I just returned from speaking at the Fort Wayne seminary. The topic, of course, was clinical depression. It was really a two part visit. The first part was speaking to a deaconess practicum class, and the second part was doing a “fireside” chat in the Commons with about fifty students and (if they had one) their wives.
I always feel like it is returning to the mother ship when I go home. No matter how much I like (or dislike) what is going on at the place, it is home in many respects for me. I feel the same way about Seward. I don’t really have many ties to Seward anymore, but it is still my school.
The visit itself was good. I got to catch up with some friends, etc. More importantly, I was able to speak to about fifty members of the student body (and their wives) about depression. It was basically the same schtick I have done elsewhere (if you want to order the talk, CLICK HERE).
What do you say to a group of men who are studying to be pastors about mental illness and depression? There’s a lot to say but I tried to keep it to a description of depression, why pastors are at risk, and ways to address it (either preventatively or in the midst of it). I don’t know if they liked it. Can you “like” a talk about clinical depression? But I believe it was and is important for them to hear, and pray that there are more opportunities to do the same.
What would you tell a soon-to-be-pastor about clinical depression? Why?
Thought I would let the dear readers know that I will be speaking at Concordia Theological Seminary in Fort Wayne on
April 12, 2011
In the Commons
Concordia Theological Seminary
6600 N. Clinton St.
Fort Wayne, Indiana
The topic will be depression and the Lutheran pastor. You may go to the Facebook page for the event at
Let me know if you are coming. Thanks!
-DMR (aka Todd Peperkorn
Very often it seems like the only time I pray is when I am forced to pray. It’s like Job or Elijah. When things get SO BAD (in my perception at least) that there is no other recourse, then I will pray. Unless, of course, I don’t have the energy. So my prayers become much closer to a 911 call than an ongoing conversation.
I wish it were not so. I wish I were more disciplined in my prayers. But I’m not and I can’t seem to figure out how to do it. My prayers are weak and timid. They are fearful and uncertain. My best prayers come when I am too desperate to do anything else.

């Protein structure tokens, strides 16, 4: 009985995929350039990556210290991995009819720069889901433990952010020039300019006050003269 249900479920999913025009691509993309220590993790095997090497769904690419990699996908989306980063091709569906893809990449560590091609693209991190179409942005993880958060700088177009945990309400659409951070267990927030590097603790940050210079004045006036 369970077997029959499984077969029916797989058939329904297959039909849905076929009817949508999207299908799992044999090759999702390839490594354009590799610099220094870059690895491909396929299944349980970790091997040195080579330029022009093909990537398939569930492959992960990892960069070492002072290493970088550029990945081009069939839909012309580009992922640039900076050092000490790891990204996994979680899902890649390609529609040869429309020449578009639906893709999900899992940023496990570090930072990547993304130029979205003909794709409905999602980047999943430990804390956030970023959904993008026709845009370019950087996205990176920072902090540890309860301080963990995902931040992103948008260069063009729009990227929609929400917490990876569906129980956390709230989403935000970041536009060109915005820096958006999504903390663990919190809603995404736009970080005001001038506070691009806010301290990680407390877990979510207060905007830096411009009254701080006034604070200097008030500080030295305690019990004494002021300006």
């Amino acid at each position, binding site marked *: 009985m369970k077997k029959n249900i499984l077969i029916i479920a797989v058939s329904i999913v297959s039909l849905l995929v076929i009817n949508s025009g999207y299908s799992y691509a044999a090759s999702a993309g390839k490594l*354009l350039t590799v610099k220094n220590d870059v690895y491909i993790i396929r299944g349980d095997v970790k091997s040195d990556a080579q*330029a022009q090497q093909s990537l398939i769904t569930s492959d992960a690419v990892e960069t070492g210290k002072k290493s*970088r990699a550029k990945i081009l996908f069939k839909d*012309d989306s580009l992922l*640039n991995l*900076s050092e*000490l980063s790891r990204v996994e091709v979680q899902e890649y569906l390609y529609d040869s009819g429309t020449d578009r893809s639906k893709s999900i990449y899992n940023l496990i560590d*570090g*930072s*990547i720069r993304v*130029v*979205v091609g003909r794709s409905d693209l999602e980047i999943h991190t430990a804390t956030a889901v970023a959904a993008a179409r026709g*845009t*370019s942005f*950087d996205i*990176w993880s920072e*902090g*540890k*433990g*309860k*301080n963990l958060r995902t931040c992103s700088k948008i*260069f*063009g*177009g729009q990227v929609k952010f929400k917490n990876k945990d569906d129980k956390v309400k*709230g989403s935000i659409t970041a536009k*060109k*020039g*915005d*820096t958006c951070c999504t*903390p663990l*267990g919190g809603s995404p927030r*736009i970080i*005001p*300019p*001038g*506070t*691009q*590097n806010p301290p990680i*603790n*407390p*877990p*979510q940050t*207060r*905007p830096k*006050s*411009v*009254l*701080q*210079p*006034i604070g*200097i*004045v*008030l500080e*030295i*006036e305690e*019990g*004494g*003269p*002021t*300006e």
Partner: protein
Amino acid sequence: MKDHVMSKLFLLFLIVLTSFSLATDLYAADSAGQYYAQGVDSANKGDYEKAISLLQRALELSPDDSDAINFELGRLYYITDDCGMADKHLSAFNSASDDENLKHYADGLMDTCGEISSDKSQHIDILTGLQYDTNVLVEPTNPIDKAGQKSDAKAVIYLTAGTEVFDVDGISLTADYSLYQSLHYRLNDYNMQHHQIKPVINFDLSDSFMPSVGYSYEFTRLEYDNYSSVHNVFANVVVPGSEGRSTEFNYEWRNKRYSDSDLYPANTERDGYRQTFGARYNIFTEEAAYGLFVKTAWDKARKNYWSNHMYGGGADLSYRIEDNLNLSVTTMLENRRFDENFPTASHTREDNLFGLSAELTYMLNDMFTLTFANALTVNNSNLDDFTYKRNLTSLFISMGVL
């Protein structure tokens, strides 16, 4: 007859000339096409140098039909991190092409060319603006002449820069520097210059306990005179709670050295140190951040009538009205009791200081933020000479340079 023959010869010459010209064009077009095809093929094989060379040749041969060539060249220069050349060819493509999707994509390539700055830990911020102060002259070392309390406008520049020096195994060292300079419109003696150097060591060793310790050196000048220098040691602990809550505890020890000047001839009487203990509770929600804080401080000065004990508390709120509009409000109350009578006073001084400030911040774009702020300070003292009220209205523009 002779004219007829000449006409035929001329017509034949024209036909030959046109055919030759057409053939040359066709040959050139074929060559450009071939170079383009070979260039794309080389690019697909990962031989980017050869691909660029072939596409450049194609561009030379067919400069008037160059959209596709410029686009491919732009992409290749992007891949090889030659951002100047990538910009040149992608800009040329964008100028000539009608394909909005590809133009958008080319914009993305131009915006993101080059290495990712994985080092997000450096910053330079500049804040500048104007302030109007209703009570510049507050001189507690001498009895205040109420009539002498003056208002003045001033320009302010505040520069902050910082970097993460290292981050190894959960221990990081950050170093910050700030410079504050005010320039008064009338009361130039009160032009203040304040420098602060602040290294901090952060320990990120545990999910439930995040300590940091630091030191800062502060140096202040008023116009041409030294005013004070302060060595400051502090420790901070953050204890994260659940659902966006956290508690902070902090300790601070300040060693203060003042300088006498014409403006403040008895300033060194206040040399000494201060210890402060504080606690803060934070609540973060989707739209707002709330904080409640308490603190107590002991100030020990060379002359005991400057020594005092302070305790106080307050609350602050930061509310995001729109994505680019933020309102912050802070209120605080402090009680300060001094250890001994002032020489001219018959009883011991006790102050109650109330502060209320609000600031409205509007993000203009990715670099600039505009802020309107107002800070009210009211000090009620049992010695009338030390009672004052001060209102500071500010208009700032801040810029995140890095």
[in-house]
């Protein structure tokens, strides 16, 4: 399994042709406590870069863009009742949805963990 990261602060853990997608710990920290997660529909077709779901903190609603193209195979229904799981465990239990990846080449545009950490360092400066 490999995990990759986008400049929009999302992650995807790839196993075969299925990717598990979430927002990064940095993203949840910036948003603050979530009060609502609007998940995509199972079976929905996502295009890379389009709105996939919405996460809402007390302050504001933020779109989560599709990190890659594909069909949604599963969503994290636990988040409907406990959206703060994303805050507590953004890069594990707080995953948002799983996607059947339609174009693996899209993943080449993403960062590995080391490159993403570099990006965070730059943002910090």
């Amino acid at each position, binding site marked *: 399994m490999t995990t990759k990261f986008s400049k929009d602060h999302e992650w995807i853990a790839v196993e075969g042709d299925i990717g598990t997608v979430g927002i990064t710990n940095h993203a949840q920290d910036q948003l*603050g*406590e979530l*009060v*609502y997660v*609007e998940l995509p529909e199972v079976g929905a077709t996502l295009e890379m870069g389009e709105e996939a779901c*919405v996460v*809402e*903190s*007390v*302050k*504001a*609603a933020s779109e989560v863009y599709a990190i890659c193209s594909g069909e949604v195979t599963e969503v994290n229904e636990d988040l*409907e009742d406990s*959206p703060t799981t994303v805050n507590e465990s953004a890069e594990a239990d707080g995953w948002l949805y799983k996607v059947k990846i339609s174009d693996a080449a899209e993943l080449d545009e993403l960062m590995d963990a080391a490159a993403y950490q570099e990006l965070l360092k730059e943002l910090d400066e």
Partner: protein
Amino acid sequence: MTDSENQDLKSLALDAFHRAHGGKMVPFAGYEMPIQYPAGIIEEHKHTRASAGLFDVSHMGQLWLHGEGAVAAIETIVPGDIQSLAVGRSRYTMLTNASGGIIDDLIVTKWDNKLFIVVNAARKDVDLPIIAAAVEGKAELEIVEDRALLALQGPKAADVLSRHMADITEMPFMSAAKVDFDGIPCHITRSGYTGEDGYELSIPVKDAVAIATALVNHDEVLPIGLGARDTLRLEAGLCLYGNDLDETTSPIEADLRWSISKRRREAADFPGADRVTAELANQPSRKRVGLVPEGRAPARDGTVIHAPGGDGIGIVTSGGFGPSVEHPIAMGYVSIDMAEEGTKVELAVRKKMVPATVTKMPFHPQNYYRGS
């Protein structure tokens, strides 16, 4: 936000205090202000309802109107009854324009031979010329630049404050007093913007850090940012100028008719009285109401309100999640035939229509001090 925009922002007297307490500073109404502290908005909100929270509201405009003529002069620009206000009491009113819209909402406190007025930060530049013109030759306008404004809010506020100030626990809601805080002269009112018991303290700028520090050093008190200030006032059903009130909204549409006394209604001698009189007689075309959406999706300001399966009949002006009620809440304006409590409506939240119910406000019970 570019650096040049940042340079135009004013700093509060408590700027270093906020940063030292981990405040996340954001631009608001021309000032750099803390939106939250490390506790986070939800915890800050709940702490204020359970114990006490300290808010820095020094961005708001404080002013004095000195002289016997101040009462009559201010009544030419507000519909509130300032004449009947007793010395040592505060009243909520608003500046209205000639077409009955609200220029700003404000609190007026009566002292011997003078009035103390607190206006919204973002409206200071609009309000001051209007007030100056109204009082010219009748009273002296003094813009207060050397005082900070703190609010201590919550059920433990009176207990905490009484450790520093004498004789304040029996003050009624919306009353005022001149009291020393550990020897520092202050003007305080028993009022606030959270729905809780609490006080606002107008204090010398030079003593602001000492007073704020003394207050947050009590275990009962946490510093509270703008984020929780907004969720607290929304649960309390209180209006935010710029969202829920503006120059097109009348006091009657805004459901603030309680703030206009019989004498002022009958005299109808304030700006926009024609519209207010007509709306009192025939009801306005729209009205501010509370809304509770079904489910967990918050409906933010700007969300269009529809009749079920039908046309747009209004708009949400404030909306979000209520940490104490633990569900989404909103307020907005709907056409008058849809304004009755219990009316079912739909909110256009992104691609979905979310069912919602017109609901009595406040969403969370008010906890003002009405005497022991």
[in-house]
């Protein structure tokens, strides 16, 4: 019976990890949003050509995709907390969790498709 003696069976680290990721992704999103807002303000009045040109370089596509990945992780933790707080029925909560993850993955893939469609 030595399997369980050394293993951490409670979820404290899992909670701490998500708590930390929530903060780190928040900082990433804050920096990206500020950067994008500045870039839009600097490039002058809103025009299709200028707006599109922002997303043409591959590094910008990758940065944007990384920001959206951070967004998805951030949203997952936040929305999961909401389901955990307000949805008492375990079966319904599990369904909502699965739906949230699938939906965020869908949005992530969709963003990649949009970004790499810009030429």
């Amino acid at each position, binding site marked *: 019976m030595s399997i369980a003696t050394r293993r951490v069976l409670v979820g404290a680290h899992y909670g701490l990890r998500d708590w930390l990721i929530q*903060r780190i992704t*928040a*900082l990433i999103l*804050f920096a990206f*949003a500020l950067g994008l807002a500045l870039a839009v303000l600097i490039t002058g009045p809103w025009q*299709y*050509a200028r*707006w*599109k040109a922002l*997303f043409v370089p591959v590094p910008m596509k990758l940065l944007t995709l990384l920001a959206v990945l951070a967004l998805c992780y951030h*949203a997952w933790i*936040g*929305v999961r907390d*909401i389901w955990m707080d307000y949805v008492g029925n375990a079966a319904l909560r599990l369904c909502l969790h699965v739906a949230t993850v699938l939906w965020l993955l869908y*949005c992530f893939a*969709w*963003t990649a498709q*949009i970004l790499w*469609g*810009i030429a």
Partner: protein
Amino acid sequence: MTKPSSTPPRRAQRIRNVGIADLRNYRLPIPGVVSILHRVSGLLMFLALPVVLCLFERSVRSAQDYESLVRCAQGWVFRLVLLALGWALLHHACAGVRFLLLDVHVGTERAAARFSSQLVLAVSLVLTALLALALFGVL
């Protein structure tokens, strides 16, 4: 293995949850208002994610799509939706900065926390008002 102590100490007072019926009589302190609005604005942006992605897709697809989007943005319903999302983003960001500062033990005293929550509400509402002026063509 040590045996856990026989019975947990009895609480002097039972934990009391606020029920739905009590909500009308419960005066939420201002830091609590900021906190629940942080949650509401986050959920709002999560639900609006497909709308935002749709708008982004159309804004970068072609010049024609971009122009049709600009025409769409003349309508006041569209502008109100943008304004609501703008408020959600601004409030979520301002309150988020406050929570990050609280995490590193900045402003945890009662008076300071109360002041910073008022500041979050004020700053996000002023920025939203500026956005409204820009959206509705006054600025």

So often my prayers make me feel like I am a fraud. I project the air of quiet faith and confidence to my parishioners. I sit in the hospital with them, console them with the Gospel which I hardly feel like I believe half the time.
I think this is all too common with pastors. Faith and doubt go hand in hand. There can hardly be one without the other this side of the grave.
I think a part of the problem lies in feeling like prayer is a show. So often for pastors, because we are called upon to publicly pray for others, it means that the prayers we offer are half prayer/half proclamation. Prayers can offer comfort, and we pastors will use any trick in the book to sneak in a little Gospel. But this can lead to making prayer feel like a show. I have to have a “good” prayer, because they are counting on me.
How do you counteract this? What is the actual goal of prayer?
I’m sorry I have more questions than answers today. Some days are just like that.
-DMR (aka Todd Peperkorn)
(This is a copy of the article on my church’s web site.)
Messiah Lutheran Church is pleased to announce its first speaker in the IMPACT series. The IMPACT series is a series of presentations available to the community in conjunction with our fiftieth anniversary.
Our first presentation is entitled, I Trust When Dark My Road: A Lutheran View of Depression. Our speaker is Pastor Todd A. Peperkorn, pastor of Messiah Lutheran Church. The title of the presentation comes from Pastor Peperkorn’s book of the same title, published in 2009.
Please consider joining us for this important topic. It is free of charge. You may follow updates on the IMPACT series through our Facebook page:
You may also indicate if you will be attending by going to the Facebook event:
We hope to see you there!
Last week I did a radio interview with my friend Gregory Berg on The Morning Show at WGTD in Kenosha. The topic was how to survive the holidays. I thought y’all might appreciate the interview. It’s about 50 minutes or so. Enjoy!
[I posted this originally at http://lutheranlogomaniac.com, but I think you might find it of benefit as well.]
December generally stinks for me on a personal level. I know, that’s not a really chipper pastor admission to make, but there you have it. Kathryn and I have had two miscarriages during this season, and December serves as a foreboding for January. Nearly bad memory I have about depression has its triggers in December and January. So for me, December always creates a longing to get away, to escape from my memories and to try and find someplace better. I want it to be better. I want to embrace the joy of the season and be happy, but it doesn’t play out that way very often.